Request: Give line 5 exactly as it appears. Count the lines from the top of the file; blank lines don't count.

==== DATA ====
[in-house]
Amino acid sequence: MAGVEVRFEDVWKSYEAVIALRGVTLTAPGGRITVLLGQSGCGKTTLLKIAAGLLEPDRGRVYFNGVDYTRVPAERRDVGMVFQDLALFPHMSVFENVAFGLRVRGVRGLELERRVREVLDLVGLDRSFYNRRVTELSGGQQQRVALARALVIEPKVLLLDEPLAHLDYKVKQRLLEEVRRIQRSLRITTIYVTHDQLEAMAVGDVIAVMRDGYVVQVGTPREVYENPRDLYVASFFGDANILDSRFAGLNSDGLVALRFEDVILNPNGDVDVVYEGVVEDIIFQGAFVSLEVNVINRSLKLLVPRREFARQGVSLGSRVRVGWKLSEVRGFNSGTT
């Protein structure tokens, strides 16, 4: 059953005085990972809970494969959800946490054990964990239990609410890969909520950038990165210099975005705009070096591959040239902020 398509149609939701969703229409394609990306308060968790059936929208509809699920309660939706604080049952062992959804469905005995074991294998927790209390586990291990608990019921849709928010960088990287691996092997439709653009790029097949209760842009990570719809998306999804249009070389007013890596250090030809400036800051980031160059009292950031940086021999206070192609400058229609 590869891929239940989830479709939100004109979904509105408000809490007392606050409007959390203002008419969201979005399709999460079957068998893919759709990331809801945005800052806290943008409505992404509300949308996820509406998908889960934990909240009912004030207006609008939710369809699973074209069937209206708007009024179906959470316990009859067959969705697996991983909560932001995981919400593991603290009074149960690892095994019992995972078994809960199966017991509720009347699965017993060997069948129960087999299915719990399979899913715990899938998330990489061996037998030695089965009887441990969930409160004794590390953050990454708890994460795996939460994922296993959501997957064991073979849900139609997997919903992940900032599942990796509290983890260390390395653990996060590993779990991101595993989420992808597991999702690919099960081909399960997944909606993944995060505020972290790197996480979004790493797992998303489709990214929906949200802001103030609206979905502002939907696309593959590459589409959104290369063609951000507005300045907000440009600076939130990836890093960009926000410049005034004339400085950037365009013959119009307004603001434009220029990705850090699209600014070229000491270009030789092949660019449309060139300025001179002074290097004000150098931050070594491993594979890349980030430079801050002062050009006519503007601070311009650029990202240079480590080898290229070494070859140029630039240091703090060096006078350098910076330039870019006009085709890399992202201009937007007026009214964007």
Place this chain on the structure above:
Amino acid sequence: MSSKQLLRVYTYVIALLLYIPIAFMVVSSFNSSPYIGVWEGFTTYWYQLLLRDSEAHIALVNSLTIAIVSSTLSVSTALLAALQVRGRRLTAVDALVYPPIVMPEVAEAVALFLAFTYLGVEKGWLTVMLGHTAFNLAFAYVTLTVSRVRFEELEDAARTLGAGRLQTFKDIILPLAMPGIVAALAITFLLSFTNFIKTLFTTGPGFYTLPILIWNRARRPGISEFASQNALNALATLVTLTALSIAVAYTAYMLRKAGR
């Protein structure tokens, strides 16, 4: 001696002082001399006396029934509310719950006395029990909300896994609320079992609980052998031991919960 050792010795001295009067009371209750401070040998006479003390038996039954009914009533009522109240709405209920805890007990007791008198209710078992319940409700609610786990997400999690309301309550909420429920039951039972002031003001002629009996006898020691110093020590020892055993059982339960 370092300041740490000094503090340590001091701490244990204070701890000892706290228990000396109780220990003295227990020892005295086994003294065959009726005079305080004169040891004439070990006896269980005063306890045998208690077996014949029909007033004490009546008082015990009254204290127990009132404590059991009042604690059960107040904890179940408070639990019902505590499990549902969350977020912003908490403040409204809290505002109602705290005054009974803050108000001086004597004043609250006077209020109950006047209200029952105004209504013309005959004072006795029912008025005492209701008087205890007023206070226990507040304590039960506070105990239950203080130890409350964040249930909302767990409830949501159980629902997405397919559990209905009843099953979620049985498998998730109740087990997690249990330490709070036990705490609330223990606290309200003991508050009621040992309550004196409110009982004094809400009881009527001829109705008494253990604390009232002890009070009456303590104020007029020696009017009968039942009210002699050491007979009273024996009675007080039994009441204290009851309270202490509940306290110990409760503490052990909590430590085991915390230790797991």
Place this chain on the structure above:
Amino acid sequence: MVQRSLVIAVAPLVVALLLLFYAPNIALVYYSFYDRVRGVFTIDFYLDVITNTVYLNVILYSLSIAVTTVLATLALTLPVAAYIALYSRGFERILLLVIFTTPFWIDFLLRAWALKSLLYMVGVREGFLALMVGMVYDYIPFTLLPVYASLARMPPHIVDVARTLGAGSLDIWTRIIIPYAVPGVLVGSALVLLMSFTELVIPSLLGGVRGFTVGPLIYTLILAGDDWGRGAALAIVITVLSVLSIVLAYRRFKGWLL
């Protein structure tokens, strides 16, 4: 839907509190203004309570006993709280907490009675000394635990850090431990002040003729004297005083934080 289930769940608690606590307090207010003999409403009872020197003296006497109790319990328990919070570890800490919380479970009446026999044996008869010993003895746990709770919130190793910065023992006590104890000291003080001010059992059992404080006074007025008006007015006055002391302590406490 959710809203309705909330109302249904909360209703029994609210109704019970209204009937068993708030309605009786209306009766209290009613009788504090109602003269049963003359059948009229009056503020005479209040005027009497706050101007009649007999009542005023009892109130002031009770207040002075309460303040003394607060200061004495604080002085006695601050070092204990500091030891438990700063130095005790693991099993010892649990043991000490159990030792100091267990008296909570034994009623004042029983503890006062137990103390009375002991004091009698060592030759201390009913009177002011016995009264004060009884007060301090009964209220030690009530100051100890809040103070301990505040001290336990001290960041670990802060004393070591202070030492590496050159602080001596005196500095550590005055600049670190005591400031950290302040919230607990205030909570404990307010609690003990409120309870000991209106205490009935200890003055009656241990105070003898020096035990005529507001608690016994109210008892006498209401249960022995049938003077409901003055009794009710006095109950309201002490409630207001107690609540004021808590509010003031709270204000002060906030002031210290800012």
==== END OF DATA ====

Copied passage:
Amino acid sequence: MSSKQLLRVYTYVIALLLYIPIAFMVVSSFNSSPYIGVWEGFTTYWYQLLLRDSEAHIALVNSLTIAIVSSTLSVSTALLAALQVRGRRLTAVDALVYPPIVMPEVAEAVALFLAFTYLGVEKGWLTVMLGHTAFNLAFAYVTLTVSRVRFEELEDAARTLGAGRLQTFKDIILPLAMPGIVAALAITFLLSFTNFIKTLFTTGPGFYTLPILIWNRARRPGISEFASQNALNALATLVTLTALSIAVAYTAYMLRKAGR